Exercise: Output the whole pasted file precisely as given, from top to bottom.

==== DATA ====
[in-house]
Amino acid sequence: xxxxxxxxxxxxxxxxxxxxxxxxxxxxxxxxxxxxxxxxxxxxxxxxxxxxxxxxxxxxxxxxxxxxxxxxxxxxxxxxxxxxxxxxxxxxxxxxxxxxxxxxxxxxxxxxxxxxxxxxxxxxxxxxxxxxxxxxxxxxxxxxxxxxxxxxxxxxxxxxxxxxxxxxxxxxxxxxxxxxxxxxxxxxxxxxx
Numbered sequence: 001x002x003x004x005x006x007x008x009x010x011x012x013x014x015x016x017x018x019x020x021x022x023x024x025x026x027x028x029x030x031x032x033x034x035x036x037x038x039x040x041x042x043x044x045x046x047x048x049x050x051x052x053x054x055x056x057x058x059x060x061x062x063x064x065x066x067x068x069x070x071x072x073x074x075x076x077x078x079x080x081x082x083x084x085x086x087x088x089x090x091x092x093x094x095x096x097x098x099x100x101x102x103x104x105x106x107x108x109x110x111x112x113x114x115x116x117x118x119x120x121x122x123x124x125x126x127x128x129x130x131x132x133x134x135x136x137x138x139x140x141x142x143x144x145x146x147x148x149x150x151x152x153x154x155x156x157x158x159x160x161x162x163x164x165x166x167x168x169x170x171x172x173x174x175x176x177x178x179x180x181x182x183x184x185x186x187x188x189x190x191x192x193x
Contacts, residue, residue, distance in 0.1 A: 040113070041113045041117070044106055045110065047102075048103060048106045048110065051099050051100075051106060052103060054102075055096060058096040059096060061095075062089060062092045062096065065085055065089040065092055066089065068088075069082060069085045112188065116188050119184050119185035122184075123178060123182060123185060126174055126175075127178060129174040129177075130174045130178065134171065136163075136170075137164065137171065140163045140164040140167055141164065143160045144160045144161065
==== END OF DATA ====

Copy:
[in-house]
Amino acid sequence: xxxxxxxxxxxxxxxxxxxxxxxxxxxxxxxxxxxxxxxxxxxxxxxxxxxxxxxxxxxxxxxxxxxxxxxxxxxxxxxxxxxxxxxxxxxxxxxxxxxxxxxxxxxxxxxxxxxxxxxxxxxxxxxxxxxxxxxxxxxxxxxxxxxxxxxxxxxxxxxxxxxxxxxxxxxxxxxxxxxxxxxxxxxxxxxxx
Numbered sequence: 001x002x003x004x005x006x007x008x009x010x011x012x013x014x015x016x017x018x019x020x021x022x023x024x025x026x027x028x029x030x031x032x033x034x035x036x037x038x039x040x041x042x043x044x045x046x047x048x049x050x051x052x053x054x055x056x057x058x059x060x061x062x063x064x065x066x067x068x069x070x071x072x073x074x075x076x077x078x079x080x081x082x083x084x085x086x087x088x089x090x091x092x093x094x095x096x097x098x099x100x101x102x103x104x105x106x107x108x109x110x111x112x113x114x115x116x117x118x119x120x121x122x123x124x125x126x127x128x129x130x131x132x133x134x135x136x137x138x139x140x141x142x143x144x145x146x147x148x149x150x151x152x153x154x155x156x157x158x159x160x161x162x163x164x165x166x167x168x169x170x171x172x173x174x175x176x177x178x179x180x181x182x183x184x185x186x187x188x189x190x191x192x193x
Contacts, residue, residue, distance in 0.1 A: 040113070041113045041117070044106055045110065047102075048103060048106045048110065051099050051100075051106060052103060054102075055096060058096040059096060061095075062089060062092045062096065065085055065089040065092055066089065068088075069082060069085045112188065116188050119184050119185035122184075123178060123182060123185060126174055126175075127178060129174040129177075130174045130178065134171065136163075136170075137164065137171065140163045140164040140167055141164065143160045144160045144161065